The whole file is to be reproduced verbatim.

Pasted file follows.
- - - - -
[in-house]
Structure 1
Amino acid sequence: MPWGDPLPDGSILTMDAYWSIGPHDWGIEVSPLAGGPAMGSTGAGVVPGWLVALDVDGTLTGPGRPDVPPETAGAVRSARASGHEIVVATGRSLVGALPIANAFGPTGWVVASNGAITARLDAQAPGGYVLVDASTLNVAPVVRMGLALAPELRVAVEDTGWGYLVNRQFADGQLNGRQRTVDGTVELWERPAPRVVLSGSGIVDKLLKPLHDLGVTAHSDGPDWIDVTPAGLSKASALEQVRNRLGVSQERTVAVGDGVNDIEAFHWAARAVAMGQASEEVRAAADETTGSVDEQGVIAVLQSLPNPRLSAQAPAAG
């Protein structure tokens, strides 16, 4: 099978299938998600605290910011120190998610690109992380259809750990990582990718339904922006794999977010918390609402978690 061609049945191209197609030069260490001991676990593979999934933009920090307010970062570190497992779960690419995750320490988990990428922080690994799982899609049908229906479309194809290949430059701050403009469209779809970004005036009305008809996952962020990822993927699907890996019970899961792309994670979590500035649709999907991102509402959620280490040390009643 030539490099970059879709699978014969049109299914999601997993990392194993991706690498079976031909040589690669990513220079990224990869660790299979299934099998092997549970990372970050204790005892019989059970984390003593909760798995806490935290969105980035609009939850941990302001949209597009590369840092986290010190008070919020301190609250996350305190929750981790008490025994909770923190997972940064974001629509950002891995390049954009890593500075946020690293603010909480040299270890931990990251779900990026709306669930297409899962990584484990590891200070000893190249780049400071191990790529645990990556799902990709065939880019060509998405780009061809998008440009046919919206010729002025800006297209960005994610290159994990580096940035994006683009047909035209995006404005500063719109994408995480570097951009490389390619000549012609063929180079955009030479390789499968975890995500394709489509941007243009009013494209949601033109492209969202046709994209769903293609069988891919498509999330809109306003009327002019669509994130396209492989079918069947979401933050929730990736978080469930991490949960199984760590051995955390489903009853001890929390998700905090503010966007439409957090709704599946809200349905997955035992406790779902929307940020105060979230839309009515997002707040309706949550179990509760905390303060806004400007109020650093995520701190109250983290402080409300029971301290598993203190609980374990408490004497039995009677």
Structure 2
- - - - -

[in-house]
Structure 1
Amino acid sequence: MPWGDPLPDGSILTMDAYWSIGPHDWGIEVSPLAGGPAMGSTGAGVVPGWLVALDVDGTLTGPGRPDVPPETAGAVRSARASGHEIVVATGRSLVGALPIANAFGPTGWVVASNGAITARLDAQAPGGYVLVDASTLNVAPVVRMGLALAPELRVAVEDTGWGYLVNRQFADGQLNGRQRTVDGTVELWERPAPRVVLSGSGIVDKLLKPLHDLGVTAHSDGPDWIDVTPAGLSKASALEQVRNRLGVSQERTVAVGDGVNDIEAFHWAARAVAMGQASEEVRAAADETTGSVDEQGVIAVLQSLPNPRLSAQAPAAG
């Protein structure tokens, strides 16, 4: 099978299938998600605290910011120190998610690109992380259809750990990582990718339904922006794999977010918390609402978690 061609049945191209197609030069260490001991676990593979999934933009920090307010970062570190497992779960690419995750320490988990990428922080690994799982899609049908229906479309194809290949430059701050403009469209779809970004005036009305008809996952962020990822993927699907890996019970899961792309994670979590500035649709999907991102509402959620280490040390009643 030539490099970059879709699978014969049109299914999601997993990392194993991706690498079976031909040589690669990513220079990224990869660790299979299934099998092997549970990372970050204790005892019989059970984390003593909760798995806490935290969105980035609009939850941990302001949209597009590369840092986290010190008070919020301190609250996350305190929750981790008490025994909770923190997972940064974001629509950002891995390049954009890593500075946020690293603010909480040299270890931990990251779900990026709306669930297409899962990584484990590891200070000893190249780049400071191990790529645990990556799902990709065939880019060509998405780009061809998008440009046919919206010729002025800006297209960005994610290159994990580096940035994006683009047909035209995006404005500063719109994408995480570097951009490389390619000549012609063929180079955009030479390789499968975890995500394709489509941007243009009013494209949601033109492209969202046709994209769903293609069988891919498509999330809109306003009327002019669509994130396209492989079918069947979401933050929730990736978080469930991490949960199984760590051995955390489903009853001890929390998700905090503010966007439409957090709704599946809200349905997955035992406790779902929307940020105060979230839309009515997002707040309706949550179990509760905390303060806004400007109020650093995520701190109250983290402080409300029971301290598993203190609980374990408490004497039995009677």
Structure 2